March has featured plenty of sunshine. I awoke this morning to see a mountain bluebird investigating the nesting box in my yard. And a meadowlark was just beginning to strike up a tune. Spring is here for sure.

I'm also sure we'll get a few more storms, maybe even one like last April when I was housebound for 3 days and the snow piled up many feet deep. Ahh but those snows come and go and the opportunity to ski is definitely winding down.

Spring means diversity. I might ski, hike, snowshoe or climb mountains. What ever the weather lets me do will be fine.

Spring is also a time to check out my gear. I'll check it over, clean it and put it away until next fall. Skis especially deserve some extra loving care in spring and I'll start doing that real soon.

I'll describe how to protect your ski bases from summer dirt and grime next week. Meantime, enjoy this view of the Rocky Mountain Front in spring. It's the view I see every morning as the sun warms the mountains.

Lincoln Ridge Snowshoe
Posted March 15, 2010

I love mountain scenery. Sometimes the best way to get my fill of great views is to snowshoe to higher elevation locations. Recently I joined a Glacier Mountaineering Society for a trek up to Lincoln Ridge.

My day began around 4:00 am when I left home for the drive to Lake McDonald in Glacier National Park. The sky was clear, stars twinkled in the night sky and there was no wind. It promised to be a great day.

The group met at the Sperry trailhead at the end of plowing on Going-to-the-Sun Road along Lake McDonald. We would follow the Sperry trail for the first three miles while gaining 2,000 feet in elevation. The weather in Montana had been fairly warm and dry. Snow at low elevations was pretty thin.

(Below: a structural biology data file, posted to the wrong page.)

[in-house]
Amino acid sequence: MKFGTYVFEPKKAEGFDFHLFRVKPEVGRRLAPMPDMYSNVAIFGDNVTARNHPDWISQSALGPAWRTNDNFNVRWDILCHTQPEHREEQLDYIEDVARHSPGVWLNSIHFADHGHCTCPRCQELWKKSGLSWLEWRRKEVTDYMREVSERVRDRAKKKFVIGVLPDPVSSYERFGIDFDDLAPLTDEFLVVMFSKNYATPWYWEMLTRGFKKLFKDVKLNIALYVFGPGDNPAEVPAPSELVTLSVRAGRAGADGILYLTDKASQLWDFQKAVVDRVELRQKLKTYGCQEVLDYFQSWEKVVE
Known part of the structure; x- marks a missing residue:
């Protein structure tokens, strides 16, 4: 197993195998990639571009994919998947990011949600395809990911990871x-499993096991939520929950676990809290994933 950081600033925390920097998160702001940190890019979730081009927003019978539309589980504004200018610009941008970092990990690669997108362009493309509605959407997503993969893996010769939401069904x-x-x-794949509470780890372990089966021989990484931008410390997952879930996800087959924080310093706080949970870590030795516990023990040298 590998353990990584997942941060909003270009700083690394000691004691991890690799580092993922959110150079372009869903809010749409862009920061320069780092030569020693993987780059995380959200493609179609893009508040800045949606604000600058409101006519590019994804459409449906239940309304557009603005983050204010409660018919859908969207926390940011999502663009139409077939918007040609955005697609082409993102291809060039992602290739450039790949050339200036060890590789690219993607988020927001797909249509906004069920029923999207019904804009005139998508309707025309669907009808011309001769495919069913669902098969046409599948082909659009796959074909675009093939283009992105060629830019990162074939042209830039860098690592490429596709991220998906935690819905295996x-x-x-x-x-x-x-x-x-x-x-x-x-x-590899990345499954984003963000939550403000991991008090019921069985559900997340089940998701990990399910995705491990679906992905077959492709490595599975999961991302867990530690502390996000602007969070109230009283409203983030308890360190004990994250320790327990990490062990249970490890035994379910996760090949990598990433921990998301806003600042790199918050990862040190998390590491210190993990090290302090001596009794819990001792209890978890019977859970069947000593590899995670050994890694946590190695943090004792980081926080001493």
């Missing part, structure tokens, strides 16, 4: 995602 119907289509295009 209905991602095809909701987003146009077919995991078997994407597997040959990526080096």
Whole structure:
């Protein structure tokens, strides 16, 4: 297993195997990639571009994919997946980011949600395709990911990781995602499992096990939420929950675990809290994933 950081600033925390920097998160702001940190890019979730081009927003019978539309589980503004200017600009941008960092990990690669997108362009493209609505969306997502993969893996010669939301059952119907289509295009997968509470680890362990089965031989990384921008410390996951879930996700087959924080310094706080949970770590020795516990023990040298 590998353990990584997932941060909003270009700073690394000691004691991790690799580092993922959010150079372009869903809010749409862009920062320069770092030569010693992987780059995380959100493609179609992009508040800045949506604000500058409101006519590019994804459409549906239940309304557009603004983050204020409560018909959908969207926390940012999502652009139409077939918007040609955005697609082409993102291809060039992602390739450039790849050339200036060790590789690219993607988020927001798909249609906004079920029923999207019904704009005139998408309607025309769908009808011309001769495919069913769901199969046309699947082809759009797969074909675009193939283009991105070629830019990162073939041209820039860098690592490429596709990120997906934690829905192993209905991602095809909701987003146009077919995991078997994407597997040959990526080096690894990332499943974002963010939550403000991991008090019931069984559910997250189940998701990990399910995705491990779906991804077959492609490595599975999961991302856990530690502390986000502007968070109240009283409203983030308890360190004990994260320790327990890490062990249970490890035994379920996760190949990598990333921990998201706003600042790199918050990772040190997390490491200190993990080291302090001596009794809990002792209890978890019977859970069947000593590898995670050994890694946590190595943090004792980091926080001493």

The Sperry trail was a sheet of ice. Hiking uphill on this treacherous surface required using some kind of traction device on their boots. Some just wore their snowshoes, others wore crampons. I borrowed a pair of STABILicers. There are nifty little gizmos that strap on your boots. They have a bunch of cleats on the bottom that grip ice like crazy. I never slipped once with these while going up or down the ice coated trail!

After 3 miles and a couple of thousand feet of up we left the trail and descended to Sprague Creek. We crossed the creek (above) on an ice bridge. Then began climbing up the ridge on the other side.

The snow had a hard crust but not hard enough to support our weight. So we broke through with every step. Those following the leaders had an easier time of it but the going was pretty steep. The trees began to thin as we got higher. Eventually the views began to improve.

The group would get pretty spread out but we stopped to rest periodically and regroup (above). Some places were easy others required some stamina and determination as the ridge began to gain elevation quickly.